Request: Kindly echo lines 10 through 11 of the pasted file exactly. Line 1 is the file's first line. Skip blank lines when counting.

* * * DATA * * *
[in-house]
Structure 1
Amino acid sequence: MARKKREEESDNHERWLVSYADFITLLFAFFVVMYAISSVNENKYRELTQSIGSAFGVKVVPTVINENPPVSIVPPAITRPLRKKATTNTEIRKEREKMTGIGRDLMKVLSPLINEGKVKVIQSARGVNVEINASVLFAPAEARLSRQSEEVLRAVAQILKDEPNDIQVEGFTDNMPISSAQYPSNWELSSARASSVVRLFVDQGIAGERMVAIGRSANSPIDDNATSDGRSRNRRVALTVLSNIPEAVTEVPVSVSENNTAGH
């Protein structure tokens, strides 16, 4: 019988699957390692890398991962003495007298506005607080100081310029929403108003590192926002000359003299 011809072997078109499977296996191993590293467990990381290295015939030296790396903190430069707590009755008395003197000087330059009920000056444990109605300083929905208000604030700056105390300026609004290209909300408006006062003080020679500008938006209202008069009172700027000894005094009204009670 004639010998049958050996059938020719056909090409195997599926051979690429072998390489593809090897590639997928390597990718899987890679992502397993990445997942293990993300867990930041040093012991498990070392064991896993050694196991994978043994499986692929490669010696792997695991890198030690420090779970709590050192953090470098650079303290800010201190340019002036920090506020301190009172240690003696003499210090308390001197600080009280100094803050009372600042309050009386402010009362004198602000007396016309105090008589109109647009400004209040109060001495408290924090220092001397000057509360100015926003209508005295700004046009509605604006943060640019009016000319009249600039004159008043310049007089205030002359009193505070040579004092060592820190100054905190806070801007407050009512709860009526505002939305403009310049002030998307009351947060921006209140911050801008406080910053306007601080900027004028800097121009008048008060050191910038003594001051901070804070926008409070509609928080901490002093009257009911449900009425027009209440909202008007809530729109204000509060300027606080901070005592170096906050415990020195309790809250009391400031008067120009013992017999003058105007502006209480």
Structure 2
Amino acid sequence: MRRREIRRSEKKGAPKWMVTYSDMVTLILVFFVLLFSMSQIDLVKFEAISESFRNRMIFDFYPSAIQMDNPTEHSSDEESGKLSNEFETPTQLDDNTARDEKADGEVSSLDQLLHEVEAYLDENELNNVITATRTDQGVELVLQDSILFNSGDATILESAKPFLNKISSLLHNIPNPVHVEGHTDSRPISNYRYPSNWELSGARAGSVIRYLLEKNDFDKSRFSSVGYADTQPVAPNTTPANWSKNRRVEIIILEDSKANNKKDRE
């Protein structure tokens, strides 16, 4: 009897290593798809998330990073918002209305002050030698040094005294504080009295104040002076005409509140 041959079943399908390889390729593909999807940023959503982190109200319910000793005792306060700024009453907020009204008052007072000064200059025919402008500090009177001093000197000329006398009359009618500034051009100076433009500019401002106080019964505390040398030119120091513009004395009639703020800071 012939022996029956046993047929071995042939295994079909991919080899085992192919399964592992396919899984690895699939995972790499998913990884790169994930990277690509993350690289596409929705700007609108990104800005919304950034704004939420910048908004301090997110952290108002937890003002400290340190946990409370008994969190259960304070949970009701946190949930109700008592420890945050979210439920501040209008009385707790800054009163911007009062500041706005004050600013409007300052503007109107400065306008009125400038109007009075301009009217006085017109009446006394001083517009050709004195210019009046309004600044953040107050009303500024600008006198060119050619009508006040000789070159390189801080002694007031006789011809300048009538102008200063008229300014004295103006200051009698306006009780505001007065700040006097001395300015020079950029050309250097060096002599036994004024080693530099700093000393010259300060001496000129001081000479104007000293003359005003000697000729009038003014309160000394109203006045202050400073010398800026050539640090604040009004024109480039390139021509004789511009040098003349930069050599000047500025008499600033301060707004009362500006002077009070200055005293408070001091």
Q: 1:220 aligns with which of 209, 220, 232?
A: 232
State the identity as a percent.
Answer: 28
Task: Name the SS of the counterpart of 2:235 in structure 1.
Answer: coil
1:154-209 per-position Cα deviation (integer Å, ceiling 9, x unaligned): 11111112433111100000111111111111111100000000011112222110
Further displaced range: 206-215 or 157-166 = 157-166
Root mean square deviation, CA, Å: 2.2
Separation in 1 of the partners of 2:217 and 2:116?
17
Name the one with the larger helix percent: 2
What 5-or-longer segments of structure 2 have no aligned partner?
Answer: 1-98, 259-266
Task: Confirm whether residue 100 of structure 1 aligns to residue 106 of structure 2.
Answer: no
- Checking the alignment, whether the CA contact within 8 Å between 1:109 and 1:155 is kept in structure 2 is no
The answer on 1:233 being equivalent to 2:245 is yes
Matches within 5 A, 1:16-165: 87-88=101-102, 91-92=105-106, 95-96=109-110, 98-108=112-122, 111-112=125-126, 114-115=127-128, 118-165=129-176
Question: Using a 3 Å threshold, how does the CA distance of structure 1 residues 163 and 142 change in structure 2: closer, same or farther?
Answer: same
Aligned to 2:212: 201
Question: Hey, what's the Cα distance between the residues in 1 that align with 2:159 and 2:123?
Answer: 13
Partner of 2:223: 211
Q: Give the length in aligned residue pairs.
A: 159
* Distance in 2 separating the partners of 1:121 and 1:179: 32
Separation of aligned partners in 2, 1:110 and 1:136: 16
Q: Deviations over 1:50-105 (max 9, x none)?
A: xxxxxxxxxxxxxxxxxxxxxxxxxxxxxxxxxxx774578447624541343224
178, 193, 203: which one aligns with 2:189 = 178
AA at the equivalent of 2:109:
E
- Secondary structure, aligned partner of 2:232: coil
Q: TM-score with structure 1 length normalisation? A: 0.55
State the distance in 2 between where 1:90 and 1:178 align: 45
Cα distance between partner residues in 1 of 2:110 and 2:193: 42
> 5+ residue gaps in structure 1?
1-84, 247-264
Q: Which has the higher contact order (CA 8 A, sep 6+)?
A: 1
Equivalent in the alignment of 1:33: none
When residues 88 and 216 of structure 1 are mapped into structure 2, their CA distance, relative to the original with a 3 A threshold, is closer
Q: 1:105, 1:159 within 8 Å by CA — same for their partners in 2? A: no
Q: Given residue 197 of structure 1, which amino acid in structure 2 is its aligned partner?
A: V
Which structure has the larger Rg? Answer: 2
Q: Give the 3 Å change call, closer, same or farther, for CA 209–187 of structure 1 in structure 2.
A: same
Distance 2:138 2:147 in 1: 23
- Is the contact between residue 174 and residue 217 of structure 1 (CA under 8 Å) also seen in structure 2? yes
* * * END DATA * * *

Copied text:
State the identity as a percent.
Answer: 28